Because Lea Bronsen’s Pink Triangle certainly will be something you never experienced before. I had my fair share of ww2 books, so it’s not easy to show me something new. But a story placed in Norway? Sign me up. I’m fairly sure most of us have little knowledge of this northern country. So if you want something new, placed in someplace we hadn’t had much chance to read/learn about, this novel is for you too.
And I’m very grateful to the author for providing me the chance of reading the book prior to the publishing. There is a certain magic of reading a book still in beta, especially in case of an extraordinary adventure like this one was. It’s like you are part of something great to be born later. Yeah, I can be so sentimental…
About Pink Triangle
Cover and Blurb (Goodreads)
Oslo, April 1945
Paul Hartmann is a handsome, free-spirited Norwegian in the prime of his life, but he doesn’t fit the German occupant ideals simply because he’s gay. And so, when the Gestapo catches him for producing illegal propaganda, he’s tortured and threatened to be sent to a concentration camp with a pink triangle sewn on his shirt, the symbol for homosexuals.
It will take great courage and mindboggling circumstances of luck, as the Führer commits suicide and the end of the war seems nearer by the day, for Paul to avoid his death transport to Germany.
And it will take the growing attraction of the Gestapo commander himself to regain his full freedom — and capture his heart.
Main & supporting characters
I won’t reveal any grand secret by telling you that I’ve read about a lot of different characters, and sometimes I don’t feel anything for them or between them. However this was not the case while reading this book. I liked both of the main characters from their very first appearance and their first interaction.
He’s a young man living in the German occupied Oslo, trying to make a living any ways he can work out through the starvation and occupation. He’s gay and he’s brave enough to sell his body to strangers in order to provide some food/money for himself and his ungrateful mother. He’s unyielding, even when facing threats and mortal peril in the eye. He won’t lie about himself, not under pressure nor torture. He’s brave and whatever danger he faces, he always continues to be his untainted self.
And his unwavering personality is strong enough to change one of the most powerful of the German occupying force.
He’s the leader of the Gestapo in Oslo, at the beginning he’s faithful to the Nazi regime, and a brute when it comes to treating/interrogating prisoners. When meeting Paul, his resolve starts to crumble, and the more he speaks with the young man, and the more he wants to understand what happened to him right before his arrest, slowly but surely Stefan starts to see the wrongs in the bubble of his world and in his acts.
He undergoes an immense character development trough the book, and not just because Germany loosing the war and everything around him is collapsing. He has to face his true self too, the monster he was while serving the regime, and the man who thought himself straight. I won’t spoil the whole process, but believe me, he does his best to remake himself, to atone for his sins. And every reader shall be the judge of his success or shortcomings.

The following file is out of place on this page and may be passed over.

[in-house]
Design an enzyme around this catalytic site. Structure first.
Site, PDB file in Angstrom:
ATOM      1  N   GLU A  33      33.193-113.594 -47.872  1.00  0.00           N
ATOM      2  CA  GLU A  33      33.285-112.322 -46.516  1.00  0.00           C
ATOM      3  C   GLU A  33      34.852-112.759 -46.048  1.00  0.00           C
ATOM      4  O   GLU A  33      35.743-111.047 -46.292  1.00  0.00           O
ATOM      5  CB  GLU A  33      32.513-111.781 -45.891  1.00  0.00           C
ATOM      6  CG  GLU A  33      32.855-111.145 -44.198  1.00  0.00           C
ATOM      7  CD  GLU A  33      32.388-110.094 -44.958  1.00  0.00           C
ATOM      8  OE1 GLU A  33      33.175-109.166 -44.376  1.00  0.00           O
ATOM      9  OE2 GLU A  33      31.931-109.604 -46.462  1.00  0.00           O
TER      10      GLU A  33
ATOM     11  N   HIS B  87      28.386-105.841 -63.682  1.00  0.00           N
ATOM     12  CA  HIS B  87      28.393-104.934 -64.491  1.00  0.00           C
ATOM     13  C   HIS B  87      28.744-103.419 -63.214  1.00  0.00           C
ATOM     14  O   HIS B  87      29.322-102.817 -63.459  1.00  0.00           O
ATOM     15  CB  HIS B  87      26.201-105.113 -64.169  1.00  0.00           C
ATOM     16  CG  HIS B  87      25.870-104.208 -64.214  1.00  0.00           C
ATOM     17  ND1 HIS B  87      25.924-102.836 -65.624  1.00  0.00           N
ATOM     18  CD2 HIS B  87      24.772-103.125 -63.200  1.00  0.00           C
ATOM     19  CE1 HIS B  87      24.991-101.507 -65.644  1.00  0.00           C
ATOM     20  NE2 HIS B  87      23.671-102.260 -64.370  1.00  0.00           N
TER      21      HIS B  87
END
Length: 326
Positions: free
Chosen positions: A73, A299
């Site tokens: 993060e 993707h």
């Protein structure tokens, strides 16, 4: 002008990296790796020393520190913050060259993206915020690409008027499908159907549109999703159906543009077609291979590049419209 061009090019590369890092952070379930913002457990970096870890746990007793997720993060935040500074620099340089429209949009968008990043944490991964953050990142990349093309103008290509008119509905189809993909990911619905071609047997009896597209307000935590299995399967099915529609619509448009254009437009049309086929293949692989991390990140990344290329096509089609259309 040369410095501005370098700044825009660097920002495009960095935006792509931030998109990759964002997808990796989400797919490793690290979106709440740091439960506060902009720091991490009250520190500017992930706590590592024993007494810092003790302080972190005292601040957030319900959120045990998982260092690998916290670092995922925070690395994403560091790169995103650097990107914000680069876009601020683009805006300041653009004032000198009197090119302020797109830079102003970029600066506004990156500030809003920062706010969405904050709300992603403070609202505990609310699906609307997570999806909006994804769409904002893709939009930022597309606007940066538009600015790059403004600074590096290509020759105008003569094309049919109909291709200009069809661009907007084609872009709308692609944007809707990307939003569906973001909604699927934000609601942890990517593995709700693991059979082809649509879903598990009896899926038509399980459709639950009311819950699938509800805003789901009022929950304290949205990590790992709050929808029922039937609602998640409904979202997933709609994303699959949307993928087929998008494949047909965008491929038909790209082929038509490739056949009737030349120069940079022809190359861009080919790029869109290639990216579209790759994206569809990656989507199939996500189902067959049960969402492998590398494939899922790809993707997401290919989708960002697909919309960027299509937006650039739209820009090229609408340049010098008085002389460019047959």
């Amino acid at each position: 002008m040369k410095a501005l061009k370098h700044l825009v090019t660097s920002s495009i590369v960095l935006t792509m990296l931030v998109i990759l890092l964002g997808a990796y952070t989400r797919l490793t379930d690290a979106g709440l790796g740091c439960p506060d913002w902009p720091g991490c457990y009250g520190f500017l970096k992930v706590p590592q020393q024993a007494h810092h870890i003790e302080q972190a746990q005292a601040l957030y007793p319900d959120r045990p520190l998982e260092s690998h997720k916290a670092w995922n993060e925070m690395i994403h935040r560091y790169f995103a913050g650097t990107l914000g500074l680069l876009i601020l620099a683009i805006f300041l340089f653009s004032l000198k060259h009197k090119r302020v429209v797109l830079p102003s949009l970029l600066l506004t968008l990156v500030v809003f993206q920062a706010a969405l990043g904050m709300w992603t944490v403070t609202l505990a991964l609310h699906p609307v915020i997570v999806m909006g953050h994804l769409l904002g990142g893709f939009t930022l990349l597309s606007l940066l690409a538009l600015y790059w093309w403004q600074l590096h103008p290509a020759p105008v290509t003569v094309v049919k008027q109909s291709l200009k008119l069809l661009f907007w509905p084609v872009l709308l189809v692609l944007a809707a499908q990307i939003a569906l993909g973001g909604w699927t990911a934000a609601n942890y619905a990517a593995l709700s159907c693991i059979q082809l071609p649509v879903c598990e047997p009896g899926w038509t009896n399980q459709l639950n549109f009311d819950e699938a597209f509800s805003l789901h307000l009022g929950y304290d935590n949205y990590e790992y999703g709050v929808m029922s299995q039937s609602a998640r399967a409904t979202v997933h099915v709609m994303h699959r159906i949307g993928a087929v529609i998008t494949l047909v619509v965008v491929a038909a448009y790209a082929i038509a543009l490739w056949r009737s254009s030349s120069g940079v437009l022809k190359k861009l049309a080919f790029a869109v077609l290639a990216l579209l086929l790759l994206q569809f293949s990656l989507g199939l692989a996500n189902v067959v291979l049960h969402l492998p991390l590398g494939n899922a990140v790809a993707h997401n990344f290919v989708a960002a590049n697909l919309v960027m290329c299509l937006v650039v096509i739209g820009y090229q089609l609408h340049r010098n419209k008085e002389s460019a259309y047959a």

Paul’s mother and fater
Paul’s parents have an undeniable impact on Paul’s and later on, on Stefan’s life. I like to read about dysfunctional families, and saying this about the relationship between Paul and his mother would still be an understatement. I’m always curious, how the characters surmount the obstacles
presented by their own parents (in this case Paul’s mother). It’s his father who restores the balance in the parental power. Even if he’s got little page time, he rocks and dominates every scenes he’s in.
Reasons why I like this story
- Placed in Norway (I really like this country, it’s a prominent point on my bucket list to get there at least once)
- An original way of describing character arcs
- Shows the human side, fallibility of the characters, for example Stefan’s weak/coward moments, the way Paul surrenders to his mother until he learns to stand up for himself
- Paul and Stefan’s fight for each other, their courage and desperate resolve to save the other
- Everyday heroism and the will for repair the wrongs of the past
- And finally the Feelings slowly building and blooming into something beautiful.
Favorite quote (minor spoiler)
“(…) Before I go, there’s something I want to ask from you.”
A grimace crumbled Stefan’s expression, He eased from the bedside before bending forward and kneeling on the floor, head hanging. “Please forgive me for…” He put his face in his hands. “…For the things I’ve done.” A sob shook him.
Taken aback by such an emotional reaction, Paul went down on his knees in front of him, and lightly touched his arm.
“Of course.” (…)
If you want a thrilling, slow burning, roller-coaster of fear and love, a story placed onto the occupied Norway during ww2, this book is for you. If you harbor stronger or minor reservations about war-stories, you have nothing to fear from this one. The brutalities of the world war are not too explicitly described, but keep in mind that there are some rough/harsh scenes of interrogation and torture. If you can digest that, don’t miss Lea Bronsen’s Pink Triangle.
- Source of cover image: unsplash.com (Mikita Karasiou)
- Book cover: Goodreads
- Pictures used for character illustration: Pinterest